Kayakers approach a bank along the Eel River as people with inner tubes walk behind them near Riverside Park in Logansport on Tuesday, May10, 2022. Staff photo by Jonah Hinebaugh
Kayakers approach a bank along the Eel River as people with inner tubes walk behind them near Riverside Park in Logansport on Tuesday, May10, 2022. Staff photo by Jonah Hinebaugh
Two dams, two plants and two million dollars have changed the landscape of Logansport along the Eel River.

Almost a year after Logansport Utilities began their demolition of the former water treatment plant, the project ended with the removal of the nearby power generating plant’s smokestack last month.

The demolition of the plants paves the way for redevelopment and a shift in the landscape of Logansport. Though, as of now, there are no concrete plans in place for what will become of the land that used to host them. Logansport Utilities Superintendent Greg Toth said the land will be redevelopment ready as soon as they’re completed.

In between those removals, the two dams situated on the river were also taken out with the help of groups like the U.S. Fish & Wildlife Service’s National Fish Passageway Program and the Indiana Division of Fish & Wildlife’s Lake and River Enhancement Program.

The most immediate effect was the river shrinking to a size that was closer to what it was before the dams were created, which exposed the sand on the banks adjacent to Riverside Park.

“That’s (the) natural flow of the river you’re seeing right there, so we put it back the way nature intended it and it’s flowing beautifully,” Toth said. “They’re telling us that it’s healing properly and that by summertime should be a great river to recreate and be near. I am proud that we could do it and give it back to the city and it’s just been a big success.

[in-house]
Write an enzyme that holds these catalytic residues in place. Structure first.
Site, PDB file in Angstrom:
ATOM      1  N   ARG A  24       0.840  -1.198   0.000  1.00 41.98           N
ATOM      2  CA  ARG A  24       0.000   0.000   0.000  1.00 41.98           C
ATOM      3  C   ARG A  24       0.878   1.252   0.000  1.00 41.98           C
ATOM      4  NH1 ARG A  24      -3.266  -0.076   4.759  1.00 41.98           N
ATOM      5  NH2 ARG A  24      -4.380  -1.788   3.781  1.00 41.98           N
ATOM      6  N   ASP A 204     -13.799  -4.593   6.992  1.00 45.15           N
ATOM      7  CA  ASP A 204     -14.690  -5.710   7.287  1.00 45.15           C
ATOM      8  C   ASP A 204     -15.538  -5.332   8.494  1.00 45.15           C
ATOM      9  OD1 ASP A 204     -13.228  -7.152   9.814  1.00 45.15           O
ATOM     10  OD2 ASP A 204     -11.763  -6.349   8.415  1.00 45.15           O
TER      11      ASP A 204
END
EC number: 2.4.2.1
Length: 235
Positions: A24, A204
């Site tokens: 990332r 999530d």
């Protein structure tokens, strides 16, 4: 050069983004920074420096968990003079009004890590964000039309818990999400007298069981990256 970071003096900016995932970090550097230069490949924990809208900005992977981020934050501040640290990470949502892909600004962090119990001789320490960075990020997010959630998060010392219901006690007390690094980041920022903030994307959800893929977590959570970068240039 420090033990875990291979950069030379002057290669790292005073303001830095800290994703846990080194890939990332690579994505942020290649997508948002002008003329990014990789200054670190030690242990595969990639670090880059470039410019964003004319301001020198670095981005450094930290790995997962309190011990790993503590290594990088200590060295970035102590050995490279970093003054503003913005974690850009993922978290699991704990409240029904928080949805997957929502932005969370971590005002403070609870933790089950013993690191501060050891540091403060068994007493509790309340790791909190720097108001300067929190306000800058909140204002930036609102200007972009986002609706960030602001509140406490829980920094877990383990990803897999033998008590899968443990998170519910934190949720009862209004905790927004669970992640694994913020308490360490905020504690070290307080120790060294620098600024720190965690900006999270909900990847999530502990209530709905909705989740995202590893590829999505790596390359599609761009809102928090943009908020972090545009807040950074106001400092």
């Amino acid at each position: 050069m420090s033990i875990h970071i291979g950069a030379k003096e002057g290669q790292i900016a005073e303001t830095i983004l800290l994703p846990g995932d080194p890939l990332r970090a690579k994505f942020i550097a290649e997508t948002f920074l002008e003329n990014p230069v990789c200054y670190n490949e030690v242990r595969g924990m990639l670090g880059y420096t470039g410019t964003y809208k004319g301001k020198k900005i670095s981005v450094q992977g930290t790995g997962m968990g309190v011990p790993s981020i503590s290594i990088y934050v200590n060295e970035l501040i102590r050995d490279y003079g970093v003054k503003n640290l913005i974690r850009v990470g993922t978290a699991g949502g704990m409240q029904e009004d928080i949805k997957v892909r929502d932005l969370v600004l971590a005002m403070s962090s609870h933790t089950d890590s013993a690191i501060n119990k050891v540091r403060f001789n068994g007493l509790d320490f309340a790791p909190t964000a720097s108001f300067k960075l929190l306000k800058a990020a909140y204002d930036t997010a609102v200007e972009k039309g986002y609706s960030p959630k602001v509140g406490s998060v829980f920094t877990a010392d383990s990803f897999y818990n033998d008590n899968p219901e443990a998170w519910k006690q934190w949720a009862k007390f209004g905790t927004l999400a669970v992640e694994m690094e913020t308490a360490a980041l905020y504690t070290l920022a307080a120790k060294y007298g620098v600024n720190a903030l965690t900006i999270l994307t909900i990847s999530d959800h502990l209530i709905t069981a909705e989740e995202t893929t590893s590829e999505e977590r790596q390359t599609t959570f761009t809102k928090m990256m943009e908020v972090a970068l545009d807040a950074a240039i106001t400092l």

“Both plants, in 2012 and 2016, were decommissioned and really were obsolete and environmental and safety hazards,” Toth said. “It was thought best to budget and save and we did that and ended up getting some grant money as well as some salvage money.”

The project has led to a safer place to recreate as well as the potential for development, according to those involved with the project.

Dr. Jerry Sweeten, a senior ecologist at EcoSystems Connections Institute who helped oversee the removal of the two dams, said the three main benefits to it are safety, recreation and ecology.

“At the toe of those dams would be hydraulic circulation, (and when) someone gets caught because they tried to go over a dam or they get too close, then they get trapped in that and they can lose their life very easily,” Sweeten said.

Sweeten said dams also impede the movement of fish and mussels up or downstream. Contrary to complaints voiced by residents about the dam removal, Sweeten said it can also lead to better fishing opportunities.

“We know that loads of dams, like the one in Logansport, become almost biologically nonfunctional, relative to what it should be for a stream,” he said. “I’ll use the Logansport dam as an example: behind the dam was sort of a flat plane where the water was maybe three feet deep, and for fish that live in a stream, that’s not a normal kind of place that they would want to live.”

Moreover, Sweeten said he thinks the river has found where it wants to be in terms of size and flow which was aided by increased water levels from melting snow and rain. The removal also helped reduce the floodplain for the areas along the Eel River where the dams were near.

“People do get attached to things,” he said. “They remember liking this or that better or (worry) the fishing isn’t going to be good. (They think) ‘Well, it’s been there forever, and why would we want to take it out?’

“My response is, well, it hasn’t been there forever. It has been way more years without it than it has been. Maybe 150 years or so, and the rivers have been around far longer than that.”
© 2022 Community Newspaper Holdings, Inc.